Barron et al. (1999) first analyzes the predicted future value of MD&A information by defining the ‘degree of compliance of companies with the MD&A guidelines’ as the quality of the MD&A disclosure. Barron et al. (1999) presents the evidence that the quality of MD&A disclosure has a negative relationship with the analyst's earnings forecasts errors. Thus, the forecasting power of future earnings from MD&A increases as the quality of MD&A rises. This implies that the disclosure with high quality provides useful information for investors' decision-making by reducing the information asymmetry Garcia and Torres (2021). Clarkson et al. (1999) also presents similar evidence supporting the relevance of MD&A through a survey of financial experts.
Lee and Kim (2014) examines the relationship between the quality of MD&A and the cost of debt. They find that the alleviated tension in information asymmetry would reduce the cost of capital. Their findings highlight the efficacy of the MD&A disclosures by providing empirical evidence that a faithful MD&A disclosure may reduce the cost of capital. In addition, Kim and Lee (2017) investigated if there is a relationship between the quality of MD&A disclosures and financial analysts' characteristics. The study finds that the companies with high-quality MD&A disclosures are associated with a higher number of analyst coverages and that the high quality of MD&A lowers the analysts' forecast errors. These results suggest that the MD&A delivers useful information for financial analysts who play an important role in the capital market. Their findings also support the notion that nonfinancial information can help to improve the information environment and eventually reduce the required rate of return by investors or creditors.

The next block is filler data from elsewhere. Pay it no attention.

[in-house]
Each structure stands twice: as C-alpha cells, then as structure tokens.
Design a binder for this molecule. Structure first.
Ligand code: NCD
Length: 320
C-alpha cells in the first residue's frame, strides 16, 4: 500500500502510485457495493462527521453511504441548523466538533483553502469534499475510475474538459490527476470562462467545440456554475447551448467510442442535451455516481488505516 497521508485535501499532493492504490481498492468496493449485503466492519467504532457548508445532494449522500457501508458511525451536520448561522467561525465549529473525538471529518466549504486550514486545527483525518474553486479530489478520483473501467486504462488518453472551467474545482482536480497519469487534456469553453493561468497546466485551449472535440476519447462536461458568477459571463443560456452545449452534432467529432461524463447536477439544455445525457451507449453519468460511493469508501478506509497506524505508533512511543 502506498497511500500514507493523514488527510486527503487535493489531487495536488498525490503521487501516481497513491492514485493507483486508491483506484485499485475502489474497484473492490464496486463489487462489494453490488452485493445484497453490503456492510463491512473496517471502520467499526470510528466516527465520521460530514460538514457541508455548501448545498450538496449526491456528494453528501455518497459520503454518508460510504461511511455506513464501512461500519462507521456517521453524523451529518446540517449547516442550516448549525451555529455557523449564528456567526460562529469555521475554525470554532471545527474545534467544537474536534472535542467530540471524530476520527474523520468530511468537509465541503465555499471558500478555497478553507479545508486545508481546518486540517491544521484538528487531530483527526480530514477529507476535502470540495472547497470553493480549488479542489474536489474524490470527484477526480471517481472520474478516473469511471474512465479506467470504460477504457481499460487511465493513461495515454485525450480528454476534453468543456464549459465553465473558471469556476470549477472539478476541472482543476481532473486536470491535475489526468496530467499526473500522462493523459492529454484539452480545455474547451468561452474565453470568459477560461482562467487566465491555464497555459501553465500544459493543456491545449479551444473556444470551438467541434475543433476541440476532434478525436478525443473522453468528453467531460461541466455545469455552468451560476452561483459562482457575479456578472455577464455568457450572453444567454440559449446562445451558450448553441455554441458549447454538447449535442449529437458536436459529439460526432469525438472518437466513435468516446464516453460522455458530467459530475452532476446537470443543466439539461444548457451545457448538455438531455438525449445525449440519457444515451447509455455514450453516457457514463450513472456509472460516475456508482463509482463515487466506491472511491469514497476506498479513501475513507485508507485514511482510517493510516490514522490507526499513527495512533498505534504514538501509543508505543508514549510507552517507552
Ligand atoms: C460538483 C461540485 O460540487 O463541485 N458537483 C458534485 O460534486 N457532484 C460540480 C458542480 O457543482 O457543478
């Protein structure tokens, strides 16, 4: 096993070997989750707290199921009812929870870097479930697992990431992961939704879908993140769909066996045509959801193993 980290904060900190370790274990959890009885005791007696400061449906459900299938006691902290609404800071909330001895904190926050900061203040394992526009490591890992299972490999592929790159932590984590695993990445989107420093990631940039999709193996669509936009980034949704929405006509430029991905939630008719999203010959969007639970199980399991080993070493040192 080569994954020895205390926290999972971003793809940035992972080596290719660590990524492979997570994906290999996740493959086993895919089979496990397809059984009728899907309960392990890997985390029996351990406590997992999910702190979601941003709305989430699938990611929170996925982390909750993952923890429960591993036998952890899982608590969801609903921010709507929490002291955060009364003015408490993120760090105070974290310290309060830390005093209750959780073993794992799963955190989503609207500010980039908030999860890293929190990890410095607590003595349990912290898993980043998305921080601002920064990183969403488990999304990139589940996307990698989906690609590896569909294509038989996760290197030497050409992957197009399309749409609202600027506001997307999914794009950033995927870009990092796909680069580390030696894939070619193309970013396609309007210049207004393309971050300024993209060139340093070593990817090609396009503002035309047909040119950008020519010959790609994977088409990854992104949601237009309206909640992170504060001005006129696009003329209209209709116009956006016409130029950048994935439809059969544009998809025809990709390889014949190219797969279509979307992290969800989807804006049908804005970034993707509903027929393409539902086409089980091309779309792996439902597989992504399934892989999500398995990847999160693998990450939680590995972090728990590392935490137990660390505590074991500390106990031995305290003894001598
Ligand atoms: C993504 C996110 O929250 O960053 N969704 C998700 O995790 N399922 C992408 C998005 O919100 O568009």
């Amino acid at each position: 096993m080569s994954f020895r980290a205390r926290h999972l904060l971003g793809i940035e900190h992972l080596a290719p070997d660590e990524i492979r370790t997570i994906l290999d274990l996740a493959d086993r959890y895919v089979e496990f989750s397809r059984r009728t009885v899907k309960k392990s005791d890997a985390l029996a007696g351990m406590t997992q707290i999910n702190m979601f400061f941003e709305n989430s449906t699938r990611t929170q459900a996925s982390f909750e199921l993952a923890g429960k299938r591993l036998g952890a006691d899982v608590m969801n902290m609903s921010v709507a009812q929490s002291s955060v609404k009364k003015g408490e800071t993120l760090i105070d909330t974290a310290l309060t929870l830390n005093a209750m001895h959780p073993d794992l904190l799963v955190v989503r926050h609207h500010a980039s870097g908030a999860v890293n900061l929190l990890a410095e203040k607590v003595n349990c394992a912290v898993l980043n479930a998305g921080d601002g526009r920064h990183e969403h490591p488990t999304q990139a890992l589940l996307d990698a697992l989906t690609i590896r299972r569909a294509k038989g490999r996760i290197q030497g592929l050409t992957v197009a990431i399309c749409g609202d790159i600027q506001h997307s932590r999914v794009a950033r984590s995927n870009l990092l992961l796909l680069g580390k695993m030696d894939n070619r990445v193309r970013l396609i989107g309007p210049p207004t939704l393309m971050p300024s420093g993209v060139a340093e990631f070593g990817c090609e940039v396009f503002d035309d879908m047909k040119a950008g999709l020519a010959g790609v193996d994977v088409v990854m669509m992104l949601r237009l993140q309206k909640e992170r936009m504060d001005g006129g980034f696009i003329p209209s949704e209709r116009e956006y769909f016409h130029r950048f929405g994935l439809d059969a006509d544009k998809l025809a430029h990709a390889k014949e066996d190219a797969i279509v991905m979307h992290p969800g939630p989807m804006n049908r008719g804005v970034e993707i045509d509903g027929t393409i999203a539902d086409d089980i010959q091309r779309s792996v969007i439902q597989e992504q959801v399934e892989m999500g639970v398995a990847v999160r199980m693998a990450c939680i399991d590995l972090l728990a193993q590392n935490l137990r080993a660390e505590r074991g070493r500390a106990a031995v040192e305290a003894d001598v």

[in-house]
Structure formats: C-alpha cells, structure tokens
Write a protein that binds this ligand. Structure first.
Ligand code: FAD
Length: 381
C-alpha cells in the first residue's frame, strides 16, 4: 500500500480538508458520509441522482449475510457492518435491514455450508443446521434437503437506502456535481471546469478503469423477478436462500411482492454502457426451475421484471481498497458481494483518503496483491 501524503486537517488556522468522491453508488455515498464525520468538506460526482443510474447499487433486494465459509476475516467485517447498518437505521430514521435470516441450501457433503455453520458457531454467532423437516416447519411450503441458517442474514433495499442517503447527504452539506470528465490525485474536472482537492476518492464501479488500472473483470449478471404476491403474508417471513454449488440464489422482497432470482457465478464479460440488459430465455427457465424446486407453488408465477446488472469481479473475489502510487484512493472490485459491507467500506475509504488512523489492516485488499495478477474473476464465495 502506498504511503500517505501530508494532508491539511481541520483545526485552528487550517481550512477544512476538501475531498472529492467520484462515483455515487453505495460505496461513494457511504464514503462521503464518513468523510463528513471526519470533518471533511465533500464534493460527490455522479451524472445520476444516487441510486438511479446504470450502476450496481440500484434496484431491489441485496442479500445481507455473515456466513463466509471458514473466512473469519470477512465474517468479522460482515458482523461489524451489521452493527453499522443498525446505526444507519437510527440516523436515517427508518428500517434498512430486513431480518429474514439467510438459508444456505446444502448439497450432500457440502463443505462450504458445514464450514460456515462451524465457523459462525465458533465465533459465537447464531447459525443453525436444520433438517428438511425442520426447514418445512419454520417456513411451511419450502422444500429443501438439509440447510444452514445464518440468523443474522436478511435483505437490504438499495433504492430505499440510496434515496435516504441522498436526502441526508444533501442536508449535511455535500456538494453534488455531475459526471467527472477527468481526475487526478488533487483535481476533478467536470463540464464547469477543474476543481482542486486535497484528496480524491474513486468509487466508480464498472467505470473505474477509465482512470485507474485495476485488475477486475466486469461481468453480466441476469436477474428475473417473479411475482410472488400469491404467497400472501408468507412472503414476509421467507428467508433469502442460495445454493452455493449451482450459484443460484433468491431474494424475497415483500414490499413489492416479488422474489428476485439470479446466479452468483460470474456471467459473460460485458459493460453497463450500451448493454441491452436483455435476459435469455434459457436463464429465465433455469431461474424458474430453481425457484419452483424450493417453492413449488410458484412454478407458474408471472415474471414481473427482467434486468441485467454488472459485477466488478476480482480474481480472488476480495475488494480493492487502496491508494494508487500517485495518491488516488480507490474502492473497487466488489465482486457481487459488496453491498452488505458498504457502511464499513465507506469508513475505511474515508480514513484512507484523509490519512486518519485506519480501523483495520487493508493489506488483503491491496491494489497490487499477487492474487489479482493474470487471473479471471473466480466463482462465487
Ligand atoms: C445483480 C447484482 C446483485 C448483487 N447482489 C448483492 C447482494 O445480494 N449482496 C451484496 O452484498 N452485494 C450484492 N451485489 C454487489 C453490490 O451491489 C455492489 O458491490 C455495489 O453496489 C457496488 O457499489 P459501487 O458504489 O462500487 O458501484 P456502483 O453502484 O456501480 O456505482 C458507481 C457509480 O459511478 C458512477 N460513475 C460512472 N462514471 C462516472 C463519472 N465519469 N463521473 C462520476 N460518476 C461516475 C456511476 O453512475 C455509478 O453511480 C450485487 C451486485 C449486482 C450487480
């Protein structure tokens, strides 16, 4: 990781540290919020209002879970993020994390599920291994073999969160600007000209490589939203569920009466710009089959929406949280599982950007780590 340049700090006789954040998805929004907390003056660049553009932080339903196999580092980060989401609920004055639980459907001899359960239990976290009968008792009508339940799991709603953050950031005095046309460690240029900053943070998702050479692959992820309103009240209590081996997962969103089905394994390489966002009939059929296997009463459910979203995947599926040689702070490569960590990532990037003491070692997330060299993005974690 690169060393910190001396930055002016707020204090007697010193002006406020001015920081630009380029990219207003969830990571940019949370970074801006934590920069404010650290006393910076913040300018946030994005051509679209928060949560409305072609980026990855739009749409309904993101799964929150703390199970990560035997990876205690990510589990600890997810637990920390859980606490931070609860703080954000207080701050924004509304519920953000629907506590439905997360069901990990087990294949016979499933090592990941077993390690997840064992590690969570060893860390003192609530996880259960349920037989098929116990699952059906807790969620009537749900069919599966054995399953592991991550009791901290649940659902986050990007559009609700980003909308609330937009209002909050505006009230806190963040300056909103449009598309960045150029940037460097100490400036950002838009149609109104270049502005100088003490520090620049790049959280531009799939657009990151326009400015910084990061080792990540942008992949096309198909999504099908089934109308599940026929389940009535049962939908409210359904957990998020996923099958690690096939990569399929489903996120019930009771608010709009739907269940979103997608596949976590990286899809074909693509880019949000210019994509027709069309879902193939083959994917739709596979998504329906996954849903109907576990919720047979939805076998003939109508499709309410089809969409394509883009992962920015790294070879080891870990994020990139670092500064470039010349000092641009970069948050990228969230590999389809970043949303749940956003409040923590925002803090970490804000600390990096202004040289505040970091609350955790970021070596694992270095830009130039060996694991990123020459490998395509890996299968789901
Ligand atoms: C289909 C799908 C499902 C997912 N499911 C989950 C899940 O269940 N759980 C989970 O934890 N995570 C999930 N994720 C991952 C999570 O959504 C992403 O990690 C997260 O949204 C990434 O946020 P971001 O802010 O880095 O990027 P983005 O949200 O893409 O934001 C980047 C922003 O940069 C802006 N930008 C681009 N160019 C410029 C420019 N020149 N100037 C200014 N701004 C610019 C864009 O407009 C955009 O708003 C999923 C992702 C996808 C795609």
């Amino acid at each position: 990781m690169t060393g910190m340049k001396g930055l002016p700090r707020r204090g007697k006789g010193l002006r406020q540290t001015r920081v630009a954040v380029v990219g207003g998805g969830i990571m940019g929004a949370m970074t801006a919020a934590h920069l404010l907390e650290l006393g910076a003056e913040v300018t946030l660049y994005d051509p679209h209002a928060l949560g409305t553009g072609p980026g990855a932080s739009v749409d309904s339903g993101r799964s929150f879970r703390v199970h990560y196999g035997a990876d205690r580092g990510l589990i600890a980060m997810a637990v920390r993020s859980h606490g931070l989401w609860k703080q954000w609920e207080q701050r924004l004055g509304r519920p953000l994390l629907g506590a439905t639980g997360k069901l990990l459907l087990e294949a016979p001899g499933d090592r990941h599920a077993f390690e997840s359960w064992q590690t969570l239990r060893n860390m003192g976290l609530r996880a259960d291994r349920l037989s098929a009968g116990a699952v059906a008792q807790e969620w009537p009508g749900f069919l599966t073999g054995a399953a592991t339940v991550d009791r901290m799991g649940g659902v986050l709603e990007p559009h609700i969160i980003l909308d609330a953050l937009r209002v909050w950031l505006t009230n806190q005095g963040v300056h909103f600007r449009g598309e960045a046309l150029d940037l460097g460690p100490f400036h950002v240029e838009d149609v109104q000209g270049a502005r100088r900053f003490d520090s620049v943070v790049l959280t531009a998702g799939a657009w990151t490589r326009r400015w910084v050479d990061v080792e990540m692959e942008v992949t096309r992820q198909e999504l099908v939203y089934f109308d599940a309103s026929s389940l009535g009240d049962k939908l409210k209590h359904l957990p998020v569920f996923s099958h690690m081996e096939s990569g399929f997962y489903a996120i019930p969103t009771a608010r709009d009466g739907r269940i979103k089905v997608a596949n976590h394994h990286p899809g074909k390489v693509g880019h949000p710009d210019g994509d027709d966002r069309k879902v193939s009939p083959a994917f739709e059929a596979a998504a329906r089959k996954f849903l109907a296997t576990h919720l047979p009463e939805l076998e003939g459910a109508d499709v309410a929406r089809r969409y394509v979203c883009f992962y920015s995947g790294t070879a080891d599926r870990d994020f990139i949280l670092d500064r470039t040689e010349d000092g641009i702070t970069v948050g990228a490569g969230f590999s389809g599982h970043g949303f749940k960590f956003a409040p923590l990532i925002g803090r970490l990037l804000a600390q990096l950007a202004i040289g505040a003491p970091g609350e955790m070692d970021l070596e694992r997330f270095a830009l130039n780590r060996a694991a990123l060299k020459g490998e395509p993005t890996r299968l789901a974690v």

2.2 Determinants of Audit Efforts

The auditor determines the level of audit efforts by considering various company factors, including the inherent risk and complexity of a company (Kwon & Moon, 2012). The auditors are responsible for the credibility of financial information and audit failure. Whether auditors faithfully perform their duties has become a major concern of information users (Seong et al., 2022). Thus, the auditors respond to such information by assessing the audit plans(DeFond & Zhang, 2014). On the one hand, if the firms provide the MD&A disclosures with low quality, the auditor perceives it as a threat to audit failure. In this regard, the auditor may try to enhance the efficacy of the audit process by dedicating more efforts to the audit process (Sabri et al., 2015). On the other hand, if the auditors believe that there is a low level of information asymmetry between auditors and clients, they may reduce their efforts during the audit process. A tool or general definition to accurately measure the audit level has not been established academically (Choi and Park, 2018). The prior literature has examined the various aspects of the audit efforts and the determinants of audit efforts, including audit hours and fees (Chun et al., 2019).